With respect to this "virtue" in the old-fashioned sense of the word, I bought into the second belief, that one must forgive ones enemies and those who have sinned against one (not that I have a choice, as in Judaism, but an injunction, as in Christianity) without allowing myself the luxury of the first: that of having been completely loved and forgiven beforehand. No, I forgive others easily, so easily that I almost don't allow myself to feel any anger at all before I automatically grant them respite. But the notion that I might myself be forgiven, by God? By others? By myself? NEVER! Heaven forfend. Impossible even to think of it, because I am unforgiveable, the only unremoveable blotch on humanity that stains forever. I don't know why this is, why I am unforgiveable. I know no one else is. Am I special? Am I so special as to deserve different treatment? Ah, the verbal tricks used to get me to grant that I am "just like one of you." Make me feel I am being accused of arrogance, horror of horrors, and I'll be sure to back down and grant that I am forgiveable as anyone. But I am not. If it is arrogance to say that I AM different in that regard, that I am Cain (not in the sense of being under God's protection but as the First Murderer) to everyone else's manslaughter (BTW I killed a squirrel under the wheels of my car yesterday...almost fainted right then and there...I KILLED IT!) well, then, I guess I am arrogant, but it is only because you forced the issue. I am NOT special, if truth be told. I am simply condemned to be Satan, or Satan's spawn, which will become Satan eventually.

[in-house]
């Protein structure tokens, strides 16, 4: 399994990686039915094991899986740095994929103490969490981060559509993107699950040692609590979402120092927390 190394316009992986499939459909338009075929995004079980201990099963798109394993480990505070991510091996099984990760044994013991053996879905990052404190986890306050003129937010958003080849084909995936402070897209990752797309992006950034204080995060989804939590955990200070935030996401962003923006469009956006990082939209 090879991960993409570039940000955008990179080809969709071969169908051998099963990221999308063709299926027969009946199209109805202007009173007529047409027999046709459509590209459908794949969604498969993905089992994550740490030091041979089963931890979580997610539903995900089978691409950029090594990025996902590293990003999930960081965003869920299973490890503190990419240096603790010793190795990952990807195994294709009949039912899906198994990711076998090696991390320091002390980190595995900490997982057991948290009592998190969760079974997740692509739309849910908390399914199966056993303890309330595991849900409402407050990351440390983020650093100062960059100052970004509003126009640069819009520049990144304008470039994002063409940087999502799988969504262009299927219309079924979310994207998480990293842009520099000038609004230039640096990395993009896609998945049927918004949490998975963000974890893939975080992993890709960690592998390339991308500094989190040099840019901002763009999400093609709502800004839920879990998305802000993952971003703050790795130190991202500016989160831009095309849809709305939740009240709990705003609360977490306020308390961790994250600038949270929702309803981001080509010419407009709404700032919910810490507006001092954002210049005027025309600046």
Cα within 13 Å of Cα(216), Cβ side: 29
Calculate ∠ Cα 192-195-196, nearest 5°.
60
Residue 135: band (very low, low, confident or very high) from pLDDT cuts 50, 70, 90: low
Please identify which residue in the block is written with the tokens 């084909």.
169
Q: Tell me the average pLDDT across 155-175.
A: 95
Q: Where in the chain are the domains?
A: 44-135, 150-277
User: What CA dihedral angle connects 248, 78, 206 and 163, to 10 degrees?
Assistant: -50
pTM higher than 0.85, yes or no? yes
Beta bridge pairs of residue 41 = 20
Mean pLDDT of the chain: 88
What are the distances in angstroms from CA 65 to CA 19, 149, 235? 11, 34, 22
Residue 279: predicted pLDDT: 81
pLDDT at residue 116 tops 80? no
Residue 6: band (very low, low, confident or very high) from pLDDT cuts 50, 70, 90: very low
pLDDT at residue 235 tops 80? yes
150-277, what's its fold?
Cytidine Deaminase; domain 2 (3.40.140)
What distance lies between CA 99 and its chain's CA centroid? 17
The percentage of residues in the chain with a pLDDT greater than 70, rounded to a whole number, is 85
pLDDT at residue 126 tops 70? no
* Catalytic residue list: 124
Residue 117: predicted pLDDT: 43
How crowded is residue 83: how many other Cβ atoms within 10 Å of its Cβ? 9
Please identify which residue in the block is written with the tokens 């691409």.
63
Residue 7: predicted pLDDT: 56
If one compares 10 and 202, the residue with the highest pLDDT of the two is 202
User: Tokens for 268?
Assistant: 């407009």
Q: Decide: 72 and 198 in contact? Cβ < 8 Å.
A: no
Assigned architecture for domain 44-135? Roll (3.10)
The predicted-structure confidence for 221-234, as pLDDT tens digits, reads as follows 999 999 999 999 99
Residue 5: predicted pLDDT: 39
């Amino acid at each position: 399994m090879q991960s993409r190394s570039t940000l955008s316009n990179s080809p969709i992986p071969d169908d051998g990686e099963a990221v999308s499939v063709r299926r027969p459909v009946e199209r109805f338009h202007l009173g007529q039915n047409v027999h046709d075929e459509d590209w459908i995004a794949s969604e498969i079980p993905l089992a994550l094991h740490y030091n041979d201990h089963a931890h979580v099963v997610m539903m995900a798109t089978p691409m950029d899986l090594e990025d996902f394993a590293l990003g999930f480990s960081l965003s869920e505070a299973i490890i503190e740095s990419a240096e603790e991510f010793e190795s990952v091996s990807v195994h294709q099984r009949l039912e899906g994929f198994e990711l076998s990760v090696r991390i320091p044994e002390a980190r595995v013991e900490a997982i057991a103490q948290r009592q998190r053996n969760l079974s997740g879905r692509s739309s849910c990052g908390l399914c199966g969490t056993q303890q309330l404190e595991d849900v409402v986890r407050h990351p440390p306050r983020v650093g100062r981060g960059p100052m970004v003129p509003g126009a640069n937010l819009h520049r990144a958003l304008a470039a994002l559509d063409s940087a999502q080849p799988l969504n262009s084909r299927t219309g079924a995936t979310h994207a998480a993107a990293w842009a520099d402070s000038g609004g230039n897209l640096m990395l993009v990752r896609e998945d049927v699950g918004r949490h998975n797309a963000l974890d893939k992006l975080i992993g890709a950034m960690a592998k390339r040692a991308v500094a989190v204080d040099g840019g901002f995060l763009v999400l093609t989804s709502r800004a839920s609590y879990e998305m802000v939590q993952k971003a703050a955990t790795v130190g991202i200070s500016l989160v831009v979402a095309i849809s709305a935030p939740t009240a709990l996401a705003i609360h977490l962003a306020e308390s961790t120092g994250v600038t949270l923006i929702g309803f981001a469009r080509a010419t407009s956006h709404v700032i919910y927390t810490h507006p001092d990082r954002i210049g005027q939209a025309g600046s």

Oh dear, I am getting drawn down the wrong path. Got to steer away from this and go back to what I was talking about...Let's leave forgiveness then, too messy a subject, and obviously too dangerous.

Kindness and truth are important values to me. Cy is always asking the question: which is more important: kindness or truth? And my response is always, Need they be mutually exclusive? But sometimes, of course, they are. And sometimes, it is essential that one lie through one's teeth. Case in point is that same Holocaust and the Gentile family that is hiding the Jews in their cellar when the Nazis come a calling...What do they do, tell the truth, Yes, and by the way, we're hiding a couple a dozen Jews in our cellar? Of course not! That is one lie that is blessed in heaven and loved on earth by all who revere truth and kindness. It is more difficult to think of times when Kindness is not called for, but I suppose the 9/11 hijackers needed something other than kindness well before they were ready to pull out their box cutters, since it is clear that kindness would not have stopped them in their "holy" mission. Too many people are allied with justice over mercy, with absolute equality of treatment over kindness; "You get your half; I get mine", rather than, "I have a little already, why don't you take the rest?" Which I find despicable. The rigid 15% tip because it is the Rule, instead of the occasional 30% tip "because waitresses work hard and need the income and I can spare..."